“What I am really saying is that you don’t need to do anything, because if you see yourself in the correct way, you are all as much extraordinary phenomenon of nature as trees, clouds, the patterns in running water, the flickering of fire, the arrangement of the stars, and the form of a galaxy. You are all just like that, and there is nothing wrong with you at all.”
“The Buddhist principle that “form is void” does not mean that there are no forms. It means that forms are inseparable from their context- that the form of a figure is also the form of its background, that the form of a boundary is determined as much by what is outside as by what is inside.
The doctrine of sunyata, or voidness, asserts only that there are no self-existent forms, for the more one concentrates upon any individual thing, the more it turns out to involve the whole universe.
The final Buddhist vision of the world as the dharmadhatu– loosely translatable as the “field of related functions”- is not so different from the world view of Western science, except that the vision is experiential rather than theoretical.
Poetically, it is symbolized as a vast network of jewels, like drops of dew upon a multi-dimensional spider web. Looking…
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“I like to experience the Universe as one harmonious whole. Every cell has life. Matter, too, has life; it is energy solidified. The tree outside is life… The whole of nature is life… The basic laws of the universe are simple, but because our senses are limited, we can’t grasp them. There is a pattern in creation.” ~Albert Einstein
As Einstein expressed in equations, Whitman in poetry and Van Gogh in art, our Universe exists as a unified field or whole. Creative energy swirling as atoms, giving rise to molecules, forming galaxies, stars, planets, mountains, rivers and the bodies of all living beings. If this is so, why do we not “see” the world this way, experience our lives for the miracle it is?
The modern technologically “advanced” world that surrounds us today is an outgrowth of our society’s ways of thinking– what has been called Aristotelian logic, dualistic thinking…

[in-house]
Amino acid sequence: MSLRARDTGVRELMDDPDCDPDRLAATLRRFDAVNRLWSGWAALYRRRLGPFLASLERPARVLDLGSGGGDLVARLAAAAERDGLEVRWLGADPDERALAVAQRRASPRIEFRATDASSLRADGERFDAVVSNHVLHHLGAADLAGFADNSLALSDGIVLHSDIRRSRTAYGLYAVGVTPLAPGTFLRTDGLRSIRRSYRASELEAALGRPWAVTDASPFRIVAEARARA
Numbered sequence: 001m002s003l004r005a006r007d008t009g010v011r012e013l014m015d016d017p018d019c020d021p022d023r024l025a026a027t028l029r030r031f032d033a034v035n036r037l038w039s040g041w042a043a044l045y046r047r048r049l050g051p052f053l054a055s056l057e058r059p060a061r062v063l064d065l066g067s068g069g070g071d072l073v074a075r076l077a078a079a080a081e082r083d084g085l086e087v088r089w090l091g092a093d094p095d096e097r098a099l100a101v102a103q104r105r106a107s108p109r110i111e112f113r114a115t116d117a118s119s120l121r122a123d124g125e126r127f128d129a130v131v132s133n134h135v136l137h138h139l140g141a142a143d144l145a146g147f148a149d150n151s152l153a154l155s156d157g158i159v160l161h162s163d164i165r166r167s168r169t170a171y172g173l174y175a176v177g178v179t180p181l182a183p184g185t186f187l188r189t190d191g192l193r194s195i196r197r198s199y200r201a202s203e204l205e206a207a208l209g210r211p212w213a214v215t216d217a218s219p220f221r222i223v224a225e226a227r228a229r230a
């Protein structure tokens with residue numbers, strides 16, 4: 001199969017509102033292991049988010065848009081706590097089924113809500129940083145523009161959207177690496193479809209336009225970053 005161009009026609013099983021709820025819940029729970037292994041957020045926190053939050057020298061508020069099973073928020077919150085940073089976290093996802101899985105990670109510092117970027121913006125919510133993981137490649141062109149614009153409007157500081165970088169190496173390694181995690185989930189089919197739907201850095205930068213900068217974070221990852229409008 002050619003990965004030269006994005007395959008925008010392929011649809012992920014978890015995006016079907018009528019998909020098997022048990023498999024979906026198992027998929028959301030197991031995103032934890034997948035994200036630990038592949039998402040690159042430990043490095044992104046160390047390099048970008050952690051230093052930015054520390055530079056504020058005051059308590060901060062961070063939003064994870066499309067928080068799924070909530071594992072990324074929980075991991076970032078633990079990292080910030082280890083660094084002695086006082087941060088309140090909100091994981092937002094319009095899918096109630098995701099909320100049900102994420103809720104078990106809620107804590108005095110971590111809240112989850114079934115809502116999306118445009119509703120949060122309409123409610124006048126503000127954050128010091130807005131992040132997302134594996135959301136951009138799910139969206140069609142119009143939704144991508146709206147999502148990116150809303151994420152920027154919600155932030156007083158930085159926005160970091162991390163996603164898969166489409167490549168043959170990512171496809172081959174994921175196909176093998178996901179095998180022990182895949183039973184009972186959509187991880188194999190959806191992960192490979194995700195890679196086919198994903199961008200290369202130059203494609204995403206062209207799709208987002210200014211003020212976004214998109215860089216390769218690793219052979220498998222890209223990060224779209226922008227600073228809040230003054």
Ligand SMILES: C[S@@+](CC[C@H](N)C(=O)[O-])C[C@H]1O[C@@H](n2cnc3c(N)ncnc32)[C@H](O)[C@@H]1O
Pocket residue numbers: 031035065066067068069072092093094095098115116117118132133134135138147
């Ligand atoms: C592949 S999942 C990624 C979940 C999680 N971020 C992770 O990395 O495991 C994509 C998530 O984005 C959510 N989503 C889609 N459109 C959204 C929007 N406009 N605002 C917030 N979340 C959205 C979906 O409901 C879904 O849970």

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“The meaning of life is just to be alive. It is so plain and so obvious and so simple. And yet, everybody rushes around in a great panic as if it were necessary to achieve something beyond themselves.
To have faith is to trust yourself to the water. When you swim you don’t grab hold of the water, because if you do you will sink and drown. Instead you relax, and float.
You are a function of what the whole universe is doing in the same way that a wave is a function of what the whole ocean is doing.
Jesus Christ knew he was God. So wake up and find out eventually who you really are. In our culture, of course, they’ll say you’re crazy and you’re blasphemous, and they’ll either put you in jail or in a nut house (which is pretty much the same thing). However if…
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“To begin with, this world has a different kind of time. It is the time of biological rhythm, not of the clock and all that goes with the clock. There is no hurry. Our sense of time is notoriously subjective and thus dependent upon the quality of our attention, whether of interest or boredom, and upon the alignment of our behavior in terms of routines, goals, and deadlines.
Here the present is self-sufficient, but it is not a static present. It is a dancing present—the unfolding of a pattern which has no specific destination in the future but is simply its own point. It leaves and arrives simultaneously, and the seed is as much the goal as the flower. There is therefore time to perceive every detail of the movement with infinitely greater richness of articulation.
Normally we do not so much look at things as overlook them. The eye…
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